It amazes me how often we -- or perhaps I should be honest here and say "I" -- need to relearn the same lessons. That bit about bite-size resolutions that I talked about in the previous issue, for example, is a lesson I've had to relearn many times. And that resolution is part of the reason I've had to relearn yet another writing lesson.
I learned it the first time in my first "real-world" editorial job, at Fancy Publications, some (mumble mumble) years ago. I'd just landed the post of "Associate Editor" at Dog Fancy, and to say that I was green would be like saying water is wet. I don't recall if it was my first day on the job, but it was close enough, when one of the other editors came in and informed me, "I need you to write an article on flea control products."
Sounds great, I thought. Let me at it. Flea control... "All the notes are in here," she added, putting a bulging file folder on my desk. (This, by the way, was also my introduction to writing "product pieces," but that's another story.) "When do you need it?" I asked. "This afternoon," was the answer.
This afternoon? My approach to "writing an article" up to this point had been the study-your-notes, stare-into-space, and most of all, "wait for inspiration to strike" mode. I don't think it had ever taken me less than a week to compose a full-length article, and sometimes it took longer. The idea of writing an entire 2000-word article between, approximately, ten in the morning and two in the afternoon made about as much sense as attempting to follow up with a bit of brain surgery in the evening.
And yet... This was my job. (As on "on the line.") So I started going through the notes, and pounding on the typewriter (yes, typewriter), and by afternoon I had a respectable article in hand. The editor read it, made a few marks with a red pencil, and it was good to go. And so, as they say, I learned a valuable lesson about (the writing) life: You do not have to "wait for inspiration" to actually write.
Yet "waiting for inspiration" has been exactly what I've been doing with respect to my novel for... well, let's just say a bit longer than I like to admit. I've always had great excuses -- starting a new website, working on an article assignment that actually pays, and so forth. But the real, rock-bottom reason for "waiting for inspiration" is fear: Fear that, if you sit down in that chair and apply the fingers to the keyboard, the inspiration won't, in fact, come. And if it doesn't, you'll either churn out garbage -- or nothing at all.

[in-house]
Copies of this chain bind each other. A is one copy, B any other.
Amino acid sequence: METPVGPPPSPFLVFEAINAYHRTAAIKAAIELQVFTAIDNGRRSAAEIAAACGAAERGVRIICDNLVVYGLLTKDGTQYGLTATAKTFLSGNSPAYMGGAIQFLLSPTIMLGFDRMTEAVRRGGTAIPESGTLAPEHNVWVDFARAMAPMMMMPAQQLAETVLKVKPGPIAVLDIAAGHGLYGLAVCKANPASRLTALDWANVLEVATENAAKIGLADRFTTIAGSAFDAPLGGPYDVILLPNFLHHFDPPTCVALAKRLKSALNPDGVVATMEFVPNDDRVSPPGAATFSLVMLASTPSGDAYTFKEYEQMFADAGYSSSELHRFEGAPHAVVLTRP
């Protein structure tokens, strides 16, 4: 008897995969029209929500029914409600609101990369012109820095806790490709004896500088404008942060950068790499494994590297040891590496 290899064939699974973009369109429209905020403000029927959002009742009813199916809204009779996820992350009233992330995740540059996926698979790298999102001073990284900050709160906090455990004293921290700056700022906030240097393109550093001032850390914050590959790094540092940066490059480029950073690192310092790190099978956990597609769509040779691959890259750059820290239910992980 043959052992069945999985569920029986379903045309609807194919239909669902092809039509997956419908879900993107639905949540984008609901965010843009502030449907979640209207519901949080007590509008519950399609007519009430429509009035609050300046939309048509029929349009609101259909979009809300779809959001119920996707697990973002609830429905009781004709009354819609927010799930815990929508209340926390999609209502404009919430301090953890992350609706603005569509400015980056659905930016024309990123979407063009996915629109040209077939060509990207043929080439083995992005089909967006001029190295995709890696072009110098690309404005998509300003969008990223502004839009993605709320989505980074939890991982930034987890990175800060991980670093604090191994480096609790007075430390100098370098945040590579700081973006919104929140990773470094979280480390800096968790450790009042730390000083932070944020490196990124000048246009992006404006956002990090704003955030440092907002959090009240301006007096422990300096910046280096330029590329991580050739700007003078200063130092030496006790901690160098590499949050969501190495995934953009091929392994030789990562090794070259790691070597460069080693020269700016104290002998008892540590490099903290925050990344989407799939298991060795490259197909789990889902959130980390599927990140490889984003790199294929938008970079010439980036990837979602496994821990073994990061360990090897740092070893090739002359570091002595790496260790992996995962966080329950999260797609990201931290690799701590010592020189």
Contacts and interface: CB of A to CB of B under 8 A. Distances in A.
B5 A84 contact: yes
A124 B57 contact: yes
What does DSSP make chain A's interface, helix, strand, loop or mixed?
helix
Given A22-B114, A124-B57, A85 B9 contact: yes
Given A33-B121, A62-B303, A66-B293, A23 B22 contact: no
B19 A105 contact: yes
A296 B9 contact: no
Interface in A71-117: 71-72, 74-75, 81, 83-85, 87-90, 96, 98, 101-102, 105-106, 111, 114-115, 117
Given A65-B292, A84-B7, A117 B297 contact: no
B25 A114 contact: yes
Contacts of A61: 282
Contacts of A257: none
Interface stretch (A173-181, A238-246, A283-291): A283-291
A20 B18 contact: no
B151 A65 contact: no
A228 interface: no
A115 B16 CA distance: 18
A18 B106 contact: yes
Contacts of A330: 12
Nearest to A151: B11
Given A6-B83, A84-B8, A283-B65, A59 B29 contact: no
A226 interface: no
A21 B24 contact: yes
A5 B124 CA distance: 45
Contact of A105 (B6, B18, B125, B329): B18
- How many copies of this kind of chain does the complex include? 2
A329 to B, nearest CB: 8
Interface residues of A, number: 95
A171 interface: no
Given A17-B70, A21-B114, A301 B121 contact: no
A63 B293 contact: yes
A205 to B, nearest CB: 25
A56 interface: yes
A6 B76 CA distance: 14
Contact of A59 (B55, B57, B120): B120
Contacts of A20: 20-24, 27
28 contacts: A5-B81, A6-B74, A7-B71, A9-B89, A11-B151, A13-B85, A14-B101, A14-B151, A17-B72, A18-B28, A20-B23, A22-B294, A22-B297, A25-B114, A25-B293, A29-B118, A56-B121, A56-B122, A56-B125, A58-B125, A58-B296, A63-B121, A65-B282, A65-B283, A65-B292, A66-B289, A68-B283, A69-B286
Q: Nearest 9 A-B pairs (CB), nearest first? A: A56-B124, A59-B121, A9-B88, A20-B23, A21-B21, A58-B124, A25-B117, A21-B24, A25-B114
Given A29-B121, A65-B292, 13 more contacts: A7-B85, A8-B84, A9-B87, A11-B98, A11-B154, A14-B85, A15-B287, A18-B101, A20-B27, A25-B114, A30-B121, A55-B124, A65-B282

But the end of the year found me with something very unusual: Time on my hands. The book edit was finished; all my articles were written; and I couldn't come up with any plausible mind-numbing job that absolutely needed doing on one of my websites. In short, I was out of excuses. So I decided to give it a shot.
And as soon as I sat down and applied fingers to keys, I found something: Inspiration. Ideas began to flow -- ideas I hadn't even contemplated when working out the outline to this particular novel. Scenes fell into place; twists sprang like magic into the plot. Characters not only came to life but deigned to share some of the inner workings of those lives with me. Now, I can hardly stand to leave that chair; everything else goes on hold while I find out "what happens next." To say "it's a rush" is an understatement.
Once again, I've learned: You don't have to "wait" for the muse in order to write. I'd been seeking inspiration in every place but the right place to find it: In front of the keyboard. Now that I've found it, I don't plan to let it slip away.
The bottom line is this: If you're waiting for the muse, try what I tried. Sit down at the keyboard, and start writing. You may find that the muse has actually been there all along, waiting for you.
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